Exclusive interviews with leading policymakers that convey the true policy message that impacts markets.
Reporting on key macro data at the time of release.
Real-time insight on key fixed income and fx markets.
- Emerging MarketsEmerging Markets
Real-time insight of emerging markets in CEMEA, Asia and LatAm region
- MNI ResearchMNI Research
Actionable insight on monetary policy, balance sheet and inflation with focus on global issuance. Analysis on key political risk impacting the global markets.
- About Us
House prices rose across the eurozone during 2020, the opposite direction to that seen during the last downturns, ECB Bulletin highlights.
MARKET NEWS TOP STORIES
The EU will be angry, but restrained, if the UK unilaterally extends its grace period for trade with Northern Ireland.
Sweden's Prime Minister Stefan Lofven has lost a vote of no confidence in the Riksdag (parliament), meaning he will have to either resign or call a snap general election.
- The motion of no confidence was passed with 181 votes in favour, 109 against, and 51 abstaining.
- Lofven will hold a press conference at 1130CET (0530ET, 1030BST) reacting to the vote and outlining his intentions.
- If he does not call a snap election, Lofven could seek to lead a caretaker gov't until the next parliamentary elections are due to take place in September 2022. This would require negotiation with the Speaker of the Riksdag, centre-right Moderate member Andreas Norlen.
- Opinion polling shows Lofven's centre-left Social Democrats as the most popular party in Sweden, ahead of the Moderates and the right-wing nationalist Sweden Democrats. The polls do not show a major shift in support from the three largest parties in comparison to the previous election in 2018, with the Social Democrats down marginally, while the Moderates and Sweden Democrats have recorded a slight improvement in their support since 2018.
Both President Emmanuel Macron's Republique En March (REM) and Marine Le Pen's right-wing nationalist National Rally (RN) performed well below expectations in the first round of elections for France's regional presidencies held on Sunday according to preliminary results. The outperformers were France's historically dominant political groups, the centre-right Gaullist Les Republicains (LR) and their allies, and the centre-left Socialist Party (PS) and their allies.
- The RN came in first place in the first round in only one province, Provence-Alpes-Côte d'Azur in the far south-east of the country. This compares starkly with the last regional elections held in 2015, when the then-National Front came first in six regions in the first round vote.
- REM and its allies are not leading in any regions, and in the north eastern Hauts-de-France region the party looks set to fail to make the second round (where winning just 10% of the vote is required).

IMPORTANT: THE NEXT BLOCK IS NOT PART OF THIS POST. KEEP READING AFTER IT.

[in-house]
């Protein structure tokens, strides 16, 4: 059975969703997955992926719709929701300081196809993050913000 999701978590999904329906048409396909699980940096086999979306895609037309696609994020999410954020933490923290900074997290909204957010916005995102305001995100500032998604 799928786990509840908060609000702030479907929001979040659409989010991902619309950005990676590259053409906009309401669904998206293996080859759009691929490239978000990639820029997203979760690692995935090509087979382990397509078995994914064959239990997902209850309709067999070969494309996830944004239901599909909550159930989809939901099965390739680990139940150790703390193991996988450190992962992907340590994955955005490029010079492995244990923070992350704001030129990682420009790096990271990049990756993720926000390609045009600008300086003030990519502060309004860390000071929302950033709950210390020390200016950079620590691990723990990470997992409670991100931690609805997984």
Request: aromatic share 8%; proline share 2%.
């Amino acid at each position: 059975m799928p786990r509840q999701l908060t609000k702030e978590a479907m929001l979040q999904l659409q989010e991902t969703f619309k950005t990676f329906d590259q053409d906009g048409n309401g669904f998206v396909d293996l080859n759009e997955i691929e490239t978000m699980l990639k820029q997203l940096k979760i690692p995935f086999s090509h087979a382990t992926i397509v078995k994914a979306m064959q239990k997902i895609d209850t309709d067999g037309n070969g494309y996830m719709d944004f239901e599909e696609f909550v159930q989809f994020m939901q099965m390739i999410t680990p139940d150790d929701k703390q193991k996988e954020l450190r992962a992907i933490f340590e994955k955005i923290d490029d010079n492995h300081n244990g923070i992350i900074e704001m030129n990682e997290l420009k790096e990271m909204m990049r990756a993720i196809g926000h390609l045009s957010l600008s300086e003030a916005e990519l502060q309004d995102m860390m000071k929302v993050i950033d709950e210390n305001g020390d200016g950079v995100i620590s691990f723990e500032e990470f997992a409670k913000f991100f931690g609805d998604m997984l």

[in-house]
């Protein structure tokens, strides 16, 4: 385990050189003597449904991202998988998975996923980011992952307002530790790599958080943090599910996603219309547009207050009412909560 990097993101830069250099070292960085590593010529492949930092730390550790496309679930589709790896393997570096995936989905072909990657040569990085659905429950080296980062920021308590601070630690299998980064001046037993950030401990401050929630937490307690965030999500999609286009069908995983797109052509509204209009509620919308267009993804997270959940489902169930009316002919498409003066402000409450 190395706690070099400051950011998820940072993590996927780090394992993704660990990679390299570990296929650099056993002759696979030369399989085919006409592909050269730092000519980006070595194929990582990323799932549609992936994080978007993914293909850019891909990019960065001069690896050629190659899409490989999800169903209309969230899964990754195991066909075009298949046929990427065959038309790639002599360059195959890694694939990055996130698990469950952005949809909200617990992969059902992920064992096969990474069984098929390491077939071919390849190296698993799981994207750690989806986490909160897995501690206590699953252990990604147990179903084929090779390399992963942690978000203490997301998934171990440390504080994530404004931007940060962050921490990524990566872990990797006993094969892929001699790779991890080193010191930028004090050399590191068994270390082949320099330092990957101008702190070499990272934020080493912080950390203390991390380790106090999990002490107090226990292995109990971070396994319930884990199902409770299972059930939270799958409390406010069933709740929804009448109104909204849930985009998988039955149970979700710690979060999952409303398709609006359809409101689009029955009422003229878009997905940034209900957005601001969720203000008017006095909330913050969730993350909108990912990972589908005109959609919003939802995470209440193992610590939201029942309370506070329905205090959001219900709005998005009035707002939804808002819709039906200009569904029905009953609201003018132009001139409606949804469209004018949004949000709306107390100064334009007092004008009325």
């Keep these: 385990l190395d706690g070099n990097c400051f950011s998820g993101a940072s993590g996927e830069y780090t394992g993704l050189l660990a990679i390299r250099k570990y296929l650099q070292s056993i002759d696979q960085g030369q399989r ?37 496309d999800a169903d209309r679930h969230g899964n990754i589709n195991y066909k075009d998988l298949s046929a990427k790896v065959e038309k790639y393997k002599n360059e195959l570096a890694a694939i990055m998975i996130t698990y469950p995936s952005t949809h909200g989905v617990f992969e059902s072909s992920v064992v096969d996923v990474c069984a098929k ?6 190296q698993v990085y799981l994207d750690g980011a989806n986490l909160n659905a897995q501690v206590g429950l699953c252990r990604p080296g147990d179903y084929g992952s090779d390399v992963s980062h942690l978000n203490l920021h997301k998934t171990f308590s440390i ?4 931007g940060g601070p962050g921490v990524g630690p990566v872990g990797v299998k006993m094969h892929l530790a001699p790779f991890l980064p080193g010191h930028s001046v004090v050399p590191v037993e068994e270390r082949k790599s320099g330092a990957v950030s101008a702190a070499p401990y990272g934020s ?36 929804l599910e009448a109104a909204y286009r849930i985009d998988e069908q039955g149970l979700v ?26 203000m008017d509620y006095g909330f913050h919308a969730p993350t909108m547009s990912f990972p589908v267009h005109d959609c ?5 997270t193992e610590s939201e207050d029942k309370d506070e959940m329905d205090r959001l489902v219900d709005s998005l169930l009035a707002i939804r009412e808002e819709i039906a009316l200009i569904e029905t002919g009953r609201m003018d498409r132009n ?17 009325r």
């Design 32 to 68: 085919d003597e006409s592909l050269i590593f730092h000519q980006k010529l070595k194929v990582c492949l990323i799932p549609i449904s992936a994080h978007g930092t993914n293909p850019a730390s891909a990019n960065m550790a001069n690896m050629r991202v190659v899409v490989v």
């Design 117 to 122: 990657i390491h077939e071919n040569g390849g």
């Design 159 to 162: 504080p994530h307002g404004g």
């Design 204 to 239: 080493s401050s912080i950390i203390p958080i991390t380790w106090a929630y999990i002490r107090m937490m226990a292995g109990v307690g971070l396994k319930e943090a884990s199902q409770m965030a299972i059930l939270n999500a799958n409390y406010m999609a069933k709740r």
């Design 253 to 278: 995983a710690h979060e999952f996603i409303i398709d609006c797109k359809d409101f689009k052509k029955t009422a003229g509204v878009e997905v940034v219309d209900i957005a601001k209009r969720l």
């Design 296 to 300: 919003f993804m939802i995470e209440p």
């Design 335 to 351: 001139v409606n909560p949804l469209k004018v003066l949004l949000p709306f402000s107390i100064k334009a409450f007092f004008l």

- Alongside the poor performance of the two parties expected to make it through to the second round of the presidential election in 2021, the major story of the election was the poor turnout. Initial estimates put turnout at just 32%, well down on the 49% recorded in 2015 and 53% in 2010. LR and PS were able to exploit this low turnout in their historic heartlands to secure victories in areas where they are incumbents heading into the second round.
- Focus this week will turn to moderate parties that came in third place or below in the first round. Many will be under pressure to withdraw from the second round and lend their support to other moderates in order to keep the RN candidate from winning power, although there is no guarantee such an agreement will take place.
The new U.S. special representative for North Korea said Monday he looks forward to Pyongyang giving a "positive response soon" to Washington's dialogue offer, referring to North Korean leader Kim Jong-un's recent remarks that Pyongyang should be ready for both dialogue and confrontation. Ambassador Sung Kim made the remarks during a meeting with Seoul's top nuclear envoy, Noh Kyu-duk, in Seoul, saying Washington will also be prepared for either dialogue or confrontation. "We will be prepared for either, because you know, we are still waiting to hear back from Pyongyang for a meeting," he said. "Hopefully dialogue indicates that we will get a positive response soon."
- Click for full story.
Sky New Australia note that they "can confirm Barnaby Joyce has returned as leader of the Nationals. Mr Joyce defeated Michael McCormack after a spill motion was called in the Nationals party room on Monday morning."